This was a mild form of protest and still, only about a dozen people took it up, out of a campus of 2,000 staff. We had actually gone on road shows to the various faculties to explain the importance of this protest to them. So we are cowards, and if the powers that be mess with us, it is our own fault.

Many have said that our academic institutions are producing young adults who lack critical thinking skills. Are there other factors involved?

I think the quality of our academic institutions is only partly related to the lack of critically-thinking young people. When I was a student, I hardly attended lectures anyway; that’s how most students are. In that sense, what happens in the classroom isn’t the most important aspect of a young person’s quality.

However, having a bunch of lecturers with various views who are free to express their points, that is important as it broadens your mind to the possibility of alternatives. So the lecture theatre does affect you and that is the responsibility of educators but for a young person at university, their life on campus also has a huge impact on them.

In terms of being stifled, this is where it occurs, more so than during lectures. Their lives on campus don’t allow them to explore themselves fully which then retards their growth in many ways. Much of this can be attributed to the Student Affairs departments whereby every single head of the department has to be UMNO-friendly. So the basic governance of students’ lives on campus is already skewed in favour of one group.

They get the authority from the University and University Colleges Act (UUCA) which was passed during the time of the New Economic Policy (NEP). The UUCA gives the university the right to control the lives of its students, so there is no self-governance on the part of our youth.

At the end of the day, most students are apathetic because that is the nature of youth – they have other priorities on their list. But for the few students who are interested in expressing their views on key issues, it is crucial that they have that space as this will affect the others around them. Awareness grows through osmosis so they should at least have the possibility, which is now being denied.

In light of much emphasis on national unity, you’ve stated that “diversity in ideology is more vital than the idea of unity”. Why is this a more important goal than unity?

Without friction of some sort, you cannot have development. Take our modern work benefits of paid leave or medical coverage. These advantages for workers resulted from the clash between communism and capitalism. The two ideologies came together and without them, we wouldn’t have this benefit today.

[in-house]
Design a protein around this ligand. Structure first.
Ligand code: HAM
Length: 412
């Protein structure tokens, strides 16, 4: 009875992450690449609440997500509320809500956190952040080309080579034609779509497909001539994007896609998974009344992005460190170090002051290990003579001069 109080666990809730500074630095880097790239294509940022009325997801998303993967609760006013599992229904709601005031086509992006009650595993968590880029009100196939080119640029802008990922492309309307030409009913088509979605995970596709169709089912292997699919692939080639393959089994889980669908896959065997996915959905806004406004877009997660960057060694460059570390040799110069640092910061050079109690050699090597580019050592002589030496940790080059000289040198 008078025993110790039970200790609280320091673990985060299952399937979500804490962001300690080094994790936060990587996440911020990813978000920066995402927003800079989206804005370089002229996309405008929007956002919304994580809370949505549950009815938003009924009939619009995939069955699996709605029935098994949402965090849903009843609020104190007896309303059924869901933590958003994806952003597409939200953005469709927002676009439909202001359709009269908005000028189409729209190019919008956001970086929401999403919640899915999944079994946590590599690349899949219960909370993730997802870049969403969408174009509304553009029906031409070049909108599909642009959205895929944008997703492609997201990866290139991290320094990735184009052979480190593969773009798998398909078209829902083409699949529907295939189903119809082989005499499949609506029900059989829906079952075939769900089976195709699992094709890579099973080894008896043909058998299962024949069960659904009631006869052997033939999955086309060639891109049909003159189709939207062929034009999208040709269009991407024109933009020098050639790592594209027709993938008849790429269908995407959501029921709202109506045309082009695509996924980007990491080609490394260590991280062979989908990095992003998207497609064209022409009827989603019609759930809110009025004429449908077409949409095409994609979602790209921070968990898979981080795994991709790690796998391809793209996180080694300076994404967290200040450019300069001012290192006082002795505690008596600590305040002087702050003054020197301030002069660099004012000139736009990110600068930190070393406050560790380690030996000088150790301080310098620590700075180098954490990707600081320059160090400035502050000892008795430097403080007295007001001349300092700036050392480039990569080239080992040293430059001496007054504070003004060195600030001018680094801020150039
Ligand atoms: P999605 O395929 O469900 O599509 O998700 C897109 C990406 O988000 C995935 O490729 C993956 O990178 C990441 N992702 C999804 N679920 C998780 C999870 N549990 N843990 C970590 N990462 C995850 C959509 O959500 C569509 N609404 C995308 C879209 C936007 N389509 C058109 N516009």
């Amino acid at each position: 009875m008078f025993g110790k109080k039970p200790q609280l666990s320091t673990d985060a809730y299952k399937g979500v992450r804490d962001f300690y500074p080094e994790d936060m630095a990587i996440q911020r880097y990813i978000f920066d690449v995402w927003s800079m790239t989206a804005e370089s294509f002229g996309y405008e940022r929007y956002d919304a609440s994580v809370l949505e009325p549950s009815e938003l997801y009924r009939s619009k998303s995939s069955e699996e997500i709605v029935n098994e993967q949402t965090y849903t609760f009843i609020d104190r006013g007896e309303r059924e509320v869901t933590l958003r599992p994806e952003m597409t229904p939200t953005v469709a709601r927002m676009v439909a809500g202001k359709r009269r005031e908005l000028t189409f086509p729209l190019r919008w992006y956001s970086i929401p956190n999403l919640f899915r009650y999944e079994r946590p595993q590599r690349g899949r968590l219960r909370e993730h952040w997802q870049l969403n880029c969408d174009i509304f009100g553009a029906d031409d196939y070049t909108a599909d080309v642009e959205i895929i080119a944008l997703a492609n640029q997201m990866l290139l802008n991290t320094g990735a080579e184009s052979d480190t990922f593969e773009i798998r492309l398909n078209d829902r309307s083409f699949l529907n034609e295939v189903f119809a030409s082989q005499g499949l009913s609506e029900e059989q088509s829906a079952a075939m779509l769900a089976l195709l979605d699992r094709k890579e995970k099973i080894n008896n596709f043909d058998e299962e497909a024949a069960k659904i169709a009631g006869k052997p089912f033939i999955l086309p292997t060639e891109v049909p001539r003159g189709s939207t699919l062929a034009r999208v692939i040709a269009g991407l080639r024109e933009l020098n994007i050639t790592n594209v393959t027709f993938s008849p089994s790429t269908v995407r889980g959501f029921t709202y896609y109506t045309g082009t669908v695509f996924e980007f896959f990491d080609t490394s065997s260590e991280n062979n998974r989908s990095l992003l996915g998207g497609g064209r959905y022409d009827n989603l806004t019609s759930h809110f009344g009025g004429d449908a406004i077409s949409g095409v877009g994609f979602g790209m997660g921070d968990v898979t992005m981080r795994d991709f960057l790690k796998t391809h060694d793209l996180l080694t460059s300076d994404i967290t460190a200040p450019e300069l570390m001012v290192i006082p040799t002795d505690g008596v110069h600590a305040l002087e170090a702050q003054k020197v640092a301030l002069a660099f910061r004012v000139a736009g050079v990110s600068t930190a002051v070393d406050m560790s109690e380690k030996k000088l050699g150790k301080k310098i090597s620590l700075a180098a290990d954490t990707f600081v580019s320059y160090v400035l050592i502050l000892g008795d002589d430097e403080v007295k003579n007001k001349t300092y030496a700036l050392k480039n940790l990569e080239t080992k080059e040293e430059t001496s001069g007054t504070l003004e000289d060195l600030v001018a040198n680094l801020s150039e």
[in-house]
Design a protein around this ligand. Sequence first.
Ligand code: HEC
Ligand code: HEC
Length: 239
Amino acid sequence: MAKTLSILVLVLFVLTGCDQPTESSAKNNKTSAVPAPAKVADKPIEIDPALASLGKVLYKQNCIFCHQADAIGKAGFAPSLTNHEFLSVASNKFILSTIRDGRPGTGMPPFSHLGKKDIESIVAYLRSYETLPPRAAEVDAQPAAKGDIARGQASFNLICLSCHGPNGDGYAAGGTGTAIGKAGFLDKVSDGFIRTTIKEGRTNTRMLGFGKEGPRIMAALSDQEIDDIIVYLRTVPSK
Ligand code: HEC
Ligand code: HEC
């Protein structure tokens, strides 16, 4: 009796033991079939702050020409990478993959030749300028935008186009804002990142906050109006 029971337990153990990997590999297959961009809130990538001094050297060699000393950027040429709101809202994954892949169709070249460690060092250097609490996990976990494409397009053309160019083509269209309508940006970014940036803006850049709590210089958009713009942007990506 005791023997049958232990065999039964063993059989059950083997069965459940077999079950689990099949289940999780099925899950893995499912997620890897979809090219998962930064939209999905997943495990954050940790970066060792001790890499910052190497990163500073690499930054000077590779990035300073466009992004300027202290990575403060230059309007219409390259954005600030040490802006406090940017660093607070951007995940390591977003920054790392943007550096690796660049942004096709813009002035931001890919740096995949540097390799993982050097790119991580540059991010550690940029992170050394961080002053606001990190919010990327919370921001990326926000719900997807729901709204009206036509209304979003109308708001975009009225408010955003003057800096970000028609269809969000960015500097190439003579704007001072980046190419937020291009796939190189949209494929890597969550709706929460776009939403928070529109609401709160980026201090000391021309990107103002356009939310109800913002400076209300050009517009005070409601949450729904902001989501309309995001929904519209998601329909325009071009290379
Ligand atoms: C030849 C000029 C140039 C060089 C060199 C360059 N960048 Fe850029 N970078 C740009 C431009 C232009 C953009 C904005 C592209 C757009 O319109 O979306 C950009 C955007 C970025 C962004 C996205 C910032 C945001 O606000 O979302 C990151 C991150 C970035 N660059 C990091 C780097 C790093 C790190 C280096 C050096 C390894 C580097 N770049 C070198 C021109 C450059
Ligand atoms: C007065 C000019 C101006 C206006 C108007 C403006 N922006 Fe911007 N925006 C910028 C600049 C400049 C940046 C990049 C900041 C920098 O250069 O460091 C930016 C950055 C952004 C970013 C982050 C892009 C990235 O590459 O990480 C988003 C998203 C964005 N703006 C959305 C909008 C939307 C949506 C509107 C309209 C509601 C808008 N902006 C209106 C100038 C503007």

This is why there is a constant need for diversity. That example was of economic diversity but the same applies to politics and religion. Also, one size does not fit all which is why even within one faith, there has to be diversity. In the words of (former Indonesian President) Gus Dur, “Islam ini warna-warni.” (“Islam is multicoloured.”) The same applies to other religions too.

For this reason, unity must not mean uniformity; instead, it should be a conviction that every one of us belongs here in this country. There should also be certain basic ground rules which people adhere to. That’s all it should mean – it is a minimal kind of idea. It should not be confused with “Kita semua sama,” (“We are all the same,”) because that is not what it should be at all.

How useful are civil society efforts such as Saya Anak Bangsa Malaysia (SABM)?

A body like SABM is extremely important because it has a very un-NGO vibe. The NGOs such as SUARAM, HAKAM, AWAM and so on are more strident in their activism while SABM takes a more laid-back approach. Thus, they can appeal to those Malaysians who may not want to be so strident but still want to voice their frustrations.

SABM provides a platform for the Malaysian who isn’t keen to be too radical. Their approach is very simple and the objective of empowering people to think about the issues is a clear one.  They also provide a safe space for people to gather, have fellowship and be reminded that we are not alone. If the SABM idea spreads to other groups of people who begin to gather in small groups and discuss these vital issues, it would be very helpful for communities.

Do you see your perspective as the voice of the majority of Malaysians?